Monday, 19 January 2015 00:00

The fall of former Alabama governor Don Siegelman and his daughter’s fight to set him free

Written by Rohan Smith |

AS FALLS from grace go, the tale of Don Siegelman is hard to beat. From the halls of power, the 68-year-old former US governor now finds himself languishing in solitary confinement in prison, though exactly which one remains a mystery. He hasn’t been heard from in weeks, his family say, and there are fears he isn’t being fed or clothed properly.

But what landed Siegelman in the predicament he is in has become the subject of a growing debate, drawing in heavyweights such as Al Gore and Bill Clinton and including pressure on US President Barack Obama to issue an official pardon.

His family say it was naivety, but it all began with a $500,000 donation.


Don Siegelman was the 51st governor of Alabama and served as the state’s most successful Democrat from 1999-2003 before everything went horribly wrong.

He was accused of trading government favours for campaign donations when he was governor from 1999 to 2003 and lieutenant governor from 1995 to 1999. He was convicted on corruption charges and sentenced to seven years in prison, three of which he has served.

Richard Scrushy, the former CEO of HealthSouth, was accused of arranging a $500,000 donation to Siegelman’s political campaign in exchange for a seat on a state hospital board. But the case is far from clear cut.

Following Siegelman’s conviction, 113 former state attorneys general from 44 of the 50 US states wrote to the Supreme Court asking judges to hear an appeal. Notable American politicians including former presidents Clinton and Jimmy Carter both expressed their sympathies and former vice president Al Gore spoke out publicly on the matter.

Siegelman’s daughter Dana believes her father was “targeted by a group of Republican operatives, some in office, but most working for the Bush Administration in some capacity”. That position was explored by CBS’ 60 Minutes in 2008.

“Is Don Siegelman in prison because he’s a criminal or because he belonged to the wrong political party in Alabama?” the program asked.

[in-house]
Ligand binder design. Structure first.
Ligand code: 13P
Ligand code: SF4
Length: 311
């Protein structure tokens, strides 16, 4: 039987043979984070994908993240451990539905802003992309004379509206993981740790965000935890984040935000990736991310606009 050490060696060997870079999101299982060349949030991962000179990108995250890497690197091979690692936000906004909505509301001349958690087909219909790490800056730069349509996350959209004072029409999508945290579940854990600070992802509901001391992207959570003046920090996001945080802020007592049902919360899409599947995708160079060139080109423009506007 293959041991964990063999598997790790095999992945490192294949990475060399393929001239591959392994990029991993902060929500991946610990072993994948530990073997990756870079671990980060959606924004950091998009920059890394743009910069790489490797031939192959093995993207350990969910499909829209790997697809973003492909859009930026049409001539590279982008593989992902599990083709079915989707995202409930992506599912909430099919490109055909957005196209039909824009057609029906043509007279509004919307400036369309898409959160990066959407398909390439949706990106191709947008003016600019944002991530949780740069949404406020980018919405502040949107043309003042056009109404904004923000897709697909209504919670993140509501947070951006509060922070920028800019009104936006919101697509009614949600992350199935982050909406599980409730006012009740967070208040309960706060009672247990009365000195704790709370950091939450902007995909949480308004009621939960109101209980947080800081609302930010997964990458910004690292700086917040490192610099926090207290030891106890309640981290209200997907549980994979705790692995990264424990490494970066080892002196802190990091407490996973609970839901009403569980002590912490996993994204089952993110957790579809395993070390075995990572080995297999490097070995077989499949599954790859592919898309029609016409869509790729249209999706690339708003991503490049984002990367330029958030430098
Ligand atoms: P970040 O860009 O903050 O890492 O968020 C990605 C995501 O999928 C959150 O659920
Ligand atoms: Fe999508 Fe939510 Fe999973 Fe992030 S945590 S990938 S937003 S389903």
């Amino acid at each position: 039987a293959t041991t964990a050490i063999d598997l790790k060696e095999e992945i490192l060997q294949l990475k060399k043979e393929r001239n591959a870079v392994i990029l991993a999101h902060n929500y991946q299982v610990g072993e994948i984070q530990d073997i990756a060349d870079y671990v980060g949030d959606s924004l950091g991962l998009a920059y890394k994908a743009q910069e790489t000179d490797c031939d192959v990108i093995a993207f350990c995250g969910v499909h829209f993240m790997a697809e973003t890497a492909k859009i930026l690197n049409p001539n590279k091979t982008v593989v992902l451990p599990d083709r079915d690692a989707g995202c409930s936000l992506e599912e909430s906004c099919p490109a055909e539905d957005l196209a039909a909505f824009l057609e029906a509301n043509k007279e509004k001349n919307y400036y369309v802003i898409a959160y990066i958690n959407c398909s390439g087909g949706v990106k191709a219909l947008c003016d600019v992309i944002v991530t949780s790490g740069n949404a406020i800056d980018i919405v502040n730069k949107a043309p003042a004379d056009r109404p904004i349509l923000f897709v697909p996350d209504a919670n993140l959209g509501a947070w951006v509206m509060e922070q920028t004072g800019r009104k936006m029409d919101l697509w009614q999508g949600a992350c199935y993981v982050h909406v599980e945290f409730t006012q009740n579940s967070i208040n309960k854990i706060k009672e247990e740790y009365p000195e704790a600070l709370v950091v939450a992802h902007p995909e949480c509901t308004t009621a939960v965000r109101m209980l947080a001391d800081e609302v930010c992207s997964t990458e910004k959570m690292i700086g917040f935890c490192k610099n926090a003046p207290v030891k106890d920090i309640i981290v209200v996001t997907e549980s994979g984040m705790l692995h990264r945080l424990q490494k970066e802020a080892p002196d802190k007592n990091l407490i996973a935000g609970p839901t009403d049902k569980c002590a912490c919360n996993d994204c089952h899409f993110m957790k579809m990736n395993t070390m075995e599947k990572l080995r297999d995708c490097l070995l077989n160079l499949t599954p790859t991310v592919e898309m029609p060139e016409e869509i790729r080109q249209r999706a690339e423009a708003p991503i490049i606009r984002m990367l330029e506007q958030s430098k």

The New Yorker last week ran a story outlining why President Obama should pardon Siegelman.

It argued the former governor should be free because his prosecution was political. It pointed to the involvement of Karl Rove, then a top White House aide to President Bush, who Ms Siegelman has long said was behind her father’s conviction.

“My father was railroaded by brilliant but corrupt people who knew how to take out political rivals,” she said.

“We can trace a clear and direct path of corruption in getting my father out of politics and into prison.”


Young, beautiful and Cambridge-educated, Dana Siegelman, 29, could do anything. Instead she has chosen to fight for her father, who has been held in solitary confinement at an unknown location.

“It pains me to think of him in strange jail cells waiting to be transported (between prisons),” she told

“I pray there are kind people around him and he is being treated well (but) I know one day they didn’t feed him at all.”

She said her father was on his way to Oakdale Federal Prison Camp but she has not heard from him in weeks.

“I am assuming he is at the Oklahoma Transition Center. I know he is in solitary confinement because that is how he is held when he is being transferred, and he has been in solitary confinement for over a month now. They will not let us visit him, and it seems he isn’t allowed to call either.”

On Facebook last week Ms Siegelman wrote: “I am losing my patience with the American justice and prison systems and I’d like to know: Where is Don Seigelman?”


If you ask Dana why she has dedicated her life to fighting for her father, the answer is simple: “Dad is a phenomenal person, with a big heart,” she said.

“He literally hugs strangers on the street, including homeless people. He wants to help everyone, and I think he was pretty naive for a politician. Even today my dad’s heart carries those around him. He is a light and encouragement to the men in prison. I’ve received letters from inmates saying they believe they went to prison just so they could meet my dad because he changed their lives so much.”

To fight for her father, Ms Siegelman walked away from Cambridge University. She gave up her social life and her job and her friends. But she can see the light at the end of the tunnel.

“I’m grateful I made that sacrifice and believe Dad’s story had to be told. I’ll be more fulfilled in the end knowing that I fought for truth and justice and followed my heart.”


She says the US political system “demands’’ attention.

“The problem with the US is that we love to criticise other countries but we’re lazy and unwilling to face our own truths — the fact that we have a corrupt and faulty system that sentences thousands of innocent people to prison every year. We need a face lift, and the more we educate people about the problems, the more intelligent and active Americans will get in fixing these problems.”

She said her father’s case has opened her eyes to a flawed system.

“Many people in the US are wrongly targeted and convicted. Most of these are minorities, poor people without great legal representation, or young men who get framed for other people’s crimes.”

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